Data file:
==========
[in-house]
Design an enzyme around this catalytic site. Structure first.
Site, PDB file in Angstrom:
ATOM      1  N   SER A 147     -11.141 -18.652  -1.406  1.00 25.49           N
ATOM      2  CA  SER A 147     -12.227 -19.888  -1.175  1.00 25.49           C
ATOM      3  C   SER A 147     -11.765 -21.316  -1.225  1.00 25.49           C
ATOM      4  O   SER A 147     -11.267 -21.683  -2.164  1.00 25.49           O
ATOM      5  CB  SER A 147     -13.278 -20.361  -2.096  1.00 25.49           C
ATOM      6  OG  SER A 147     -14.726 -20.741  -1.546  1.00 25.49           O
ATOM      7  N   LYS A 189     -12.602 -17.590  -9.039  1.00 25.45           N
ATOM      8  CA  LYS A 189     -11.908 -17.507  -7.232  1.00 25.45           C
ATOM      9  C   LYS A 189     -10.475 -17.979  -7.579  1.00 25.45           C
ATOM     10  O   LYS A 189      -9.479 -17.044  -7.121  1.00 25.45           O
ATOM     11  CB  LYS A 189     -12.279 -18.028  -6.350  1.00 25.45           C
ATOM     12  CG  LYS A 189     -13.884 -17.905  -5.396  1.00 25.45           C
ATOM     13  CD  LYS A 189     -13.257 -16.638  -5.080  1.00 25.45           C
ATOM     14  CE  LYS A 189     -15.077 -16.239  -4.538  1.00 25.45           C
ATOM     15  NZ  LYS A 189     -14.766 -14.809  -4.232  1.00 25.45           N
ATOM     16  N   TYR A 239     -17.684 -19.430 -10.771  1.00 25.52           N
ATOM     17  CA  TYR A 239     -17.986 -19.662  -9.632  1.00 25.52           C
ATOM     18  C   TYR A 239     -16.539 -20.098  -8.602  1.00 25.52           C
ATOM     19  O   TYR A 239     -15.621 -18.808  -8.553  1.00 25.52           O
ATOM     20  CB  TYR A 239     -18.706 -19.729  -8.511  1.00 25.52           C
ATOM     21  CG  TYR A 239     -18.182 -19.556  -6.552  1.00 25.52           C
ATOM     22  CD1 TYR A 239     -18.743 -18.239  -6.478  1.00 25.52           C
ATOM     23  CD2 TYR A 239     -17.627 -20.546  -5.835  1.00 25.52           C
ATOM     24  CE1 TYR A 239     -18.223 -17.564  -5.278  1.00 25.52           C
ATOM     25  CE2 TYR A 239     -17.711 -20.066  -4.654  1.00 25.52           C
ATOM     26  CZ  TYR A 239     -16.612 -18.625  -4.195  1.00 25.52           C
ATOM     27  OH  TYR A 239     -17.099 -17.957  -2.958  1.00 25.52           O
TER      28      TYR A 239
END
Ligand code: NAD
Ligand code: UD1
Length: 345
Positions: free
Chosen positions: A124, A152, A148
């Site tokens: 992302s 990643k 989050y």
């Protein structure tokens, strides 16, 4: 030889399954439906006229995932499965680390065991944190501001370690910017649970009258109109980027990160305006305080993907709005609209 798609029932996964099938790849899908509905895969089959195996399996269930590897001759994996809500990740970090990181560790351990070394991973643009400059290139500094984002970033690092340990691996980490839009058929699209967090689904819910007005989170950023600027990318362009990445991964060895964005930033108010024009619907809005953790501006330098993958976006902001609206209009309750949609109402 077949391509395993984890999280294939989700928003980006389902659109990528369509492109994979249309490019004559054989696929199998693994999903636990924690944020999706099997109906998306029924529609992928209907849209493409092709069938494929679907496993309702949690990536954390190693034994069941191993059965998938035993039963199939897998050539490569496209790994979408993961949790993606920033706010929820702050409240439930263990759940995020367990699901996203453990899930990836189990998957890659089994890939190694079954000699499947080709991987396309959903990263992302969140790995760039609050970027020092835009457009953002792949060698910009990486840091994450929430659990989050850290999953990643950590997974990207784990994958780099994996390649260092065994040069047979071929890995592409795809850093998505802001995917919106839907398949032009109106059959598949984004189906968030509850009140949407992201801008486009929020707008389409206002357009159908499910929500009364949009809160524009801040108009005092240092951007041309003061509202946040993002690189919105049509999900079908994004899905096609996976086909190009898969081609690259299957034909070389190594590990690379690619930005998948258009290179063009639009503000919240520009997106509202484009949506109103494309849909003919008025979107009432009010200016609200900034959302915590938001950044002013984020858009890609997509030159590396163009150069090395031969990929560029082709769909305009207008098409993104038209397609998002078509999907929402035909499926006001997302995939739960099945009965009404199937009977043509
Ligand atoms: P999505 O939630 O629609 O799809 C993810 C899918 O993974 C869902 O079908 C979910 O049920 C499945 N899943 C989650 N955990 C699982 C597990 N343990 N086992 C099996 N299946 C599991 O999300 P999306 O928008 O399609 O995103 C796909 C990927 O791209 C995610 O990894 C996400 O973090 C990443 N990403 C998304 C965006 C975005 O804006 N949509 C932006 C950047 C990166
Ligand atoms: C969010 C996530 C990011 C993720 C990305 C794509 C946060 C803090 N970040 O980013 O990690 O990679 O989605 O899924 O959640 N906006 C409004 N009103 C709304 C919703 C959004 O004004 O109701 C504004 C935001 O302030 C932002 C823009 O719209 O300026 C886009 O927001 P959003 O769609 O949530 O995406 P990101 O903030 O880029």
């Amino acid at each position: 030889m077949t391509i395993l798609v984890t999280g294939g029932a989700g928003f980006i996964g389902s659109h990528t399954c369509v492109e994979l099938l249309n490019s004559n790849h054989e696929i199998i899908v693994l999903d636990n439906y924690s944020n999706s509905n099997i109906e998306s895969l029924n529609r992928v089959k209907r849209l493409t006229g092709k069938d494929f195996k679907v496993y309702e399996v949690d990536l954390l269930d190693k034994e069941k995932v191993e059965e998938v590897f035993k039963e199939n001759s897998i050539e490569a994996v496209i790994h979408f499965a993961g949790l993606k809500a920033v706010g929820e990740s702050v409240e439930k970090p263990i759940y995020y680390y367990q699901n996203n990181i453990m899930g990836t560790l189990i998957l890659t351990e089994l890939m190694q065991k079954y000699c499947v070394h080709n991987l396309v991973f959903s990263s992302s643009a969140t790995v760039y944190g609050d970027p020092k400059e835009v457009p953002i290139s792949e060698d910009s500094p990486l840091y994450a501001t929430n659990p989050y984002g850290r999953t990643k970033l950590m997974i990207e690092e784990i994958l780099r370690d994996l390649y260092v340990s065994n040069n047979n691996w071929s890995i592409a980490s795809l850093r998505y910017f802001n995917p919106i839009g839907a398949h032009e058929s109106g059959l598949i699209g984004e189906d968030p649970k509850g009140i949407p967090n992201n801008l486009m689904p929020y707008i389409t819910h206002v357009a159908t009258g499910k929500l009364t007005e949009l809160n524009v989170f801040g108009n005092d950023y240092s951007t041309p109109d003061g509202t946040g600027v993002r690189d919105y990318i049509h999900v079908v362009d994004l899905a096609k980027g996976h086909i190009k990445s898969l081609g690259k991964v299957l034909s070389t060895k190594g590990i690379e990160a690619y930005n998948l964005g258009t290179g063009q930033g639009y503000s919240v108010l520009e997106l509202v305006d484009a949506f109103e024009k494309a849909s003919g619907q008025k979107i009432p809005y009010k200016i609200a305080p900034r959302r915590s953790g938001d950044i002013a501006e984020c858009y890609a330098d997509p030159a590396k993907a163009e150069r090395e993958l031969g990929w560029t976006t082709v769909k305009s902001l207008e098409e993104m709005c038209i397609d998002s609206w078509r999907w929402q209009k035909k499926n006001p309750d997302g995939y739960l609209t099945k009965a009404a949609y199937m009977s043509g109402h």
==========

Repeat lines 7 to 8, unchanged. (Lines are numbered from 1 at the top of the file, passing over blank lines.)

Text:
ATOM      4  O   SER A 147     -11.267 -21.683  -2.164  1.00 25.49           O
ATOM      5  CB  SER A 147     -13.278 -20.361  -2.096  1.00 25.49           C